Why the Marshall Aerospace and Defence Group move is cause for celebration
Opinion | By Cllr Nichola Harrison
Marshall’s plan to remove its aerospace and defence business from Cambridge is enormous news for the city. Of course, the loss will be keenly felt by many people with connections to the company and its long aviation history, but there is much to celebrate.
For one thing, Marshall is clearly doing what’s best for them. They have, after all, been working towards a move for 20 years and would have gone already if they had found a suitable relocation site.
Cambridge Airport’s proximity to the urban area places environmental limits on its growth potential for aviation, so an ambitious company like Marshall was bound to look for pastures new. For what it’s worth, I guess their future lies not at Duxford or Wyton, but at the fast-growing aerospace hub at Cranfield. There Marshall can tap into the research community and share with others the high cost of operating a runway.
Cambridge too should be profoundly glad of the enormous opportunity that now arises. 'Cambridge East' – the airport site together with other land in the development pipeline - is big enough to create not just a new urban quarter like the successful developments at Trumpington and Eddington or the proposed development in the sewage works zone, but a second centre for Cambridge. It can provide a new focal point for the city and the wider sub-region, complementary and connected to the existing urban area, but with its own clear sense of purpose.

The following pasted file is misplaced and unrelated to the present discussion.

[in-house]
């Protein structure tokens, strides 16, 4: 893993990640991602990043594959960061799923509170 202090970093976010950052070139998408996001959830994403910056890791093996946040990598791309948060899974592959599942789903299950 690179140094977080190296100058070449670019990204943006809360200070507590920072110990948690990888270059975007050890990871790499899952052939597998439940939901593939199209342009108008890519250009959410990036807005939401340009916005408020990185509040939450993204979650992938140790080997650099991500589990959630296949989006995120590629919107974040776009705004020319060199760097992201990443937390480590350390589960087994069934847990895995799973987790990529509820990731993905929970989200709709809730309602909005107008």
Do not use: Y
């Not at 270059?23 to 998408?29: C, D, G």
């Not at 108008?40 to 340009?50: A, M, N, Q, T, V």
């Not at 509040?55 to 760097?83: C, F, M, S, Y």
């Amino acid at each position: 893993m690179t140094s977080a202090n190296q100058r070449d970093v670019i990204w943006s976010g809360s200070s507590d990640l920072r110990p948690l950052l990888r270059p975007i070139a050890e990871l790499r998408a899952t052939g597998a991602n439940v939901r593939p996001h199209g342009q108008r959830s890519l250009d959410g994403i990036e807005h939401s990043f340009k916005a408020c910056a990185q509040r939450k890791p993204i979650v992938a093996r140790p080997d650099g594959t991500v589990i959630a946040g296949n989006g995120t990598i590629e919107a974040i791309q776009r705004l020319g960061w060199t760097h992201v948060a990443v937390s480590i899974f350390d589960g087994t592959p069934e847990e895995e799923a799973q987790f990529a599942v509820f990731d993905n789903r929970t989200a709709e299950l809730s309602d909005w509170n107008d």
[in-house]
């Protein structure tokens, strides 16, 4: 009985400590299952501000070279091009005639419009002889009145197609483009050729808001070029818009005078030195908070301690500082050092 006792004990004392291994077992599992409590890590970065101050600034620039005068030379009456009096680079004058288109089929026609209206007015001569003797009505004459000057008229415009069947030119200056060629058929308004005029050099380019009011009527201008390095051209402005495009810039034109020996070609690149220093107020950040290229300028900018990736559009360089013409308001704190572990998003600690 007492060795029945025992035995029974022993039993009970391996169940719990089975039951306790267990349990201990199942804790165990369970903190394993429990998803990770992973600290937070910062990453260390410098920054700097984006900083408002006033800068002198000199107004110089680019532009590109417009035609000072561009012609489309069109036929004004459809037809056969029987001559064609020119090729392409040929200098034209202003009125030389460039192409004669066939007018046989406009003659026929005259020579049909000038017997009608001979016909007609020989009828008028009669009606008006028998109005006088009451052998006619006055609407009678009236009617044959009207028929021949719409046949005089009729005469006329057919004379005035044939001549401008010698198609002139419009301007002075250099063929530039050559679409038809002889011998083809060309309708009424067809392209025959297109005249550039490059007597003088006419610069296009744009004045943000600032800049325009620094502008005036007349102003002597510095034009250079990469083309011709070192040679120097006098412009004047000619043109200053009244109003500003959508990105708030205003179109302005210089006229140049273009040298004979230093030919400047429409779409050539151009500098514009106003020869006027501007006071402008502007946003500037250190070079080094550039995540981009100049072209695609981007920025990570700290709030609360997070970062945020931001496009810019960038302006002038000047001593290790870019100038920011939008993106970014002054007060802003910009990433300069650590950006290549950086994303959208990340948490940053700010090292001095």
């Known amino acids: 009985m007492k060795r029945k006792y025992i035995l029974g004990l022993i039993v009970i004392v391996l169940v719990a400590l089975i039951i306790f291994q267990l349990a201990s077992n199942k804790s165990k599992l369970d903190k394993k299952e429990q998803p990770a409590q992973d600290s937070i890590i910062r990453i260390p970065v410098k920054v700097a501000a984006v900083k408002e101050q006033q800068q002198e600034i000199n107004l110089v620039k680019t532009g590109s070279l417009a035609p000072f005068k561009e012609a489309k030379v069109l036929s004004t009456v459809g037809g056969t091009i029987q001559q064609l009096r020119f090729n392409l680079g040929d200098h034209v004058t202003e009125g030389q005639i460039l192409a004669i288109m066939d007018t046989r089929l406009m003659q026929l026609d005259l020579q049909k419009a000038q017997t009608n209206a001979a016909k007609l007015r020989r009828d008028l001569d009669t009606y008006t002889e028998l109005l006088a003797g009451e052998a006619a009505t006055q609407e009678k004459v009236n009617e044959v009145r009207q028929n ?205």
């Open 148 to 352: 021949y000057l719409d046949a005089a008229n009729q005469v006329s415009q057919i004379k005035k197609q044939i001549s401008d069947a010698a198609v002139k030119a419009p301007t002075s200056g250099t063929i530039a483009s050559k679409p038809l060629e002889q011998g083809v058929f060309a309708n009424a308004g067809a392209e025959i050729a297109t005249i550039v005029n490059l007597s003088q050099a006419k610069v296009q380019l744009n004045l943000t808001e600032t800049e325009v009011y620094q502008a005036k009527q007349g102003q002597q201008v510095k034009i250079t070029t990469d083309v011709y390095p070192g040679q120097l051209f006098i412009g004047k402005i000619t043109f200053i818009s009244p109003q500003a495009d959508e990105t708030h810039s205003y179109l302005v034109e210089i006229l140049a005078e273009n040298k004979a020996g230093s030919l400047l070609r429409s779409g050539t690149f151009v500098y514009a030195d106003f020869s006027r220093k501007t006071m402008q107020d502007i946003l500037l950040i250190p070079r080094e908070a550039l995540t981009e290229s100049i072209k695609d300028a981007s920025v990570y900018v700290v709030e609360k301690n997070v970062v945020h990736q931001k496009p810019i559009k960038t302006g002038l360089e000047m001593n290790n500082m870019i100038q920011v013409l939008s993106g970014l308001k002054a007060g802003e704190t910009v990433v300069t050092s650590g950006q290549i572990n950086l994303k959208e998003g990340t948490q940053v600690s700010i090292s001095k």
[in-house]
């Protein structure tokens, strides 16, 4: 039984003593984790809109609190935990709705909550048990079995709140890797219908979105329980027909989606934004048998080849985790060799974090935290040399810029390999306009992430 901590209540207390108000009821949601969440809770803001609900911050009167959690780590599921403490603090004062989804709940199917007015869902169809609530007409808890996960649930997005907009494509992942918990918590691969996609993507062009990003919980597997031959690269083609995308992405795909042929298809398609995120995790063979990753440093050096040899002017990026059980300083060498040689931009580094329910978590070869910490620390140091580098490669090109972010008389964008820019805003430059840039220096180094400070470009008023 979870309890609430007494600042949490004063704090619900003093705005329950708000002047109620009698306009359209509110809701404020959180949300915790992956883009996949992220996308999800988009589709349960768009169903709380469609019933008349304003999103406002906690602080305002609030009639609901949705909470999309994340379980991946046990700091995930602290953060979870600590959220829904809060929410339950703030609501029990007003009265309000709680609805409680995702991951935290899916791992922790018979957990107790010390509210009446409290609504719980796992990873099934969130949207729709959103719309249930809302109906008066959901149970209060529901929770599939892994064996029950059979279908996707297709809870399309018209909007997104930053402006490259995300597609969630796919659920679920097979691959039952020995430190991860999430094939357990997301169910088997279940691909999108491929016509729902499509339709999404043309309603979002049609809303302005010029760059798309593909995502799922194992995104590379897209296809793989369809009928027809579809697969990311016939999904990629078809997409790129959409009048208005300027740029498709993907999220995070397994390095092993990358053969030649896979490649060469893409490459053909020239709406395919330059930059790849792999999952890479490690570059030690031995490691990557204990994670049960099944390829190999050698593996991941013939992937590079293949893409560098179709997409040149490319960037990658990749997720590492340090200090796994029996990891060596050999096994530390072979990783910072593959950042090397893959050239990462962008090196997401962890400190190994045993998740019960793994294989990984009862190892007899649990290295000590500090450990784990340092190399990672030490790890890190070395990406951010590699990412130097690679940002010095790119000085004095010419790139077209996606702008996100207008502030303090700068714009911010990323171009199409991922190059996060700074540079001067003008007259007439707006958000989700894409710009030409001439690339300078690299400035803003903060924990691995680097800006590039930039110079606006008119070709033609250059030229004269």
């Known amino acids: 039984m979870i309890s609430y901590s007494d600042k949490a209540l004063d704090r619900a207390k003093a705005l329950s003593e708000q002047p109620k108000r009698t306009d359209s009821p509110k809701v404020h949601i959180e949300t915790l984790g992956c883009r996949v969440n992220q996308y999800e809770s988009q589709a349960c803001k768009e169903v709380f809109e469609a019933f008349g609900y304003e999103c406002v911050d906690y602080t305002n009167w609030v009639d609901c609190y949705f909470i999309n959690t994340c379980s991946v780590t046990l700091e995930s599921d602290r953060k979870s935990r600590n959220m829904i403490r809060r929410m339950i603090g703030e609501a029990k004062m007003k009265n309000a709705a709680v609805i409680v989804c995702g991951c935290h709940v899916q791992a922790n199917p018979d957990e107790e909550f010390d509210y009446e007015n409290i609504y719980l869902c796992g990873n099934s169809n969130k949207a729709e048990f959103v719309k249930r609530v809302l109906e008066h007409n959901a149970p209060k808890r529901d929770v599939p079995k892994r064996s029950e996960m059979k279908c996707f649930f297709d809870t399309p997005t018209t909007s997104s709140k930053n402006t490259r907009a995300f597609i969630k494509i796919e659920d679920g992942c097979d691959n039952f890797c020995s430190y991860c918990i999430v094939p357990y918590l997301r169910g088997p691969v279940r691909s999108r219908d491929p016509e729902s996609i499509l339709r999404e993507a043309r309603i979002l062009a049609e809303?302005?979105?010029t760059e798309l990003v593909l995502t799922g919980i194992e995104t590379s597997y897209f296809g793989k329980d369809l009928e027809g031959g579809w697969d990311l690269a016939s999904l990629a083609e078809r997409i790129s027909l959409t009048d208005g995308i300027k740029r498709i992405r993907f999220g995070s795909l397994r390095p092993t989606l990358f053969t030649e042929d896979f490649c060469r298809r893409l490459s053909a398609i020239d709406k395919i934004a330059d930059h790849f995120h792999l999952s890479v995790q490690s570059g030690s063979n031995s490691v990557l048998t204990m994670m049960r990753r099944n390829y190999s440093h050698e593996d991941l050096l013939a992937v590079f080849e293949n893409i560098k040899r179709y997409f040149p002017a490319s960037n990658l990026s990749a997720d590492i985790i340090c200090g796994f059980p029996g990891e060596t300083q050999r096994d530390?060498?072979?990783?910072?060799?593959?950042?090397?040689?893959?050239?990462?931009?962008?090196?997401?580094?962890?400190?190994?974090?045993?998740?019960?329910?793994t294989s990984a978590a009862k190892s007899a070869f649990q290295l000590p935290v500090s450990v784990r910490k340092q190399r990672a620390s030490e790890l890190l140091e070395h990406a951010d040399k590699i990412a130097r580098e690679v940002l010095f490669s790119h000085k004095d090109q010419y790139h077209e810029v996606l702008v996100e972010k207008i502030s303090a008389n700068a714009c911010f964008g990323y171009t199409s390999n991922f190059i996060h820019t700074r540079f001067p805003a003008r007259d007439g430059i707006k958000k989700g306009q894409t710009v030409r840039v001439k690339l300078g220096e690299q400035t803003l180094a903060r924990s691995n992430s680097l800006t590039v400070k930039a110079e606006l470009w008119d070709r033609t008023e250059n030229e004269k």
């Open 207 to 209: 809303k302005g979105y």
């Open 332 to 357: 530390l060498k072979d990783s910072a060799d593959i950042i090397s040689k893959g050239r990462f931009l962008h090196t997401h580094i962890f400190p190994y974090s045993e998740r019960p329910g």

Development on this scale will help meet local growth needs over a long period. More than that, it has the potential to improve the city as a whole, for example by relieving visitor and commercial pressure on the historic city centre and the congestion associated with these. It can prompt improvements in the poorly-utilised Newmarket Road gateway, for example through the relocation of the retail warehouses (and perhaps the football ground). It can also reduce the development pressures on South Cambridgeshire's villages and countryside as well.
Certainly, this mustn’t be any old residential development with a supermarket and business park attached: it must have a beating heart. This might come from major cultural facilities such as a music venue, arts centre or showcase for Cambridge science, or from a new or expanding academic institution. Without doubt there must be an excellent transport system and green spaces and all the services that communities need, and the whole thing must be built to futuristic environmental standards. And – take note, Marshall - it must not escape the 40% affordable housing target as the nearby Wing development did.
But before getting into the detail, we need to think big. Years ago, experts advised the City Council that planning for Cambridge East would require a rethink of the vision and strategy for the overall city. I think that’s right, and the public must be closely involved in the exercise. It will not be good enough to dust down old planning documents as if nothing had changed. Fortunately, there is time to get this right.
Nichola Harrison is the Liberal Democrat county councillor for Market ward Cambridge. She was the city council’s executive councillor for planning policy from 2000 to 2005 and led the council’s plans for urban extensions at Trumpington, Eddington and the Cambridge Airport site.
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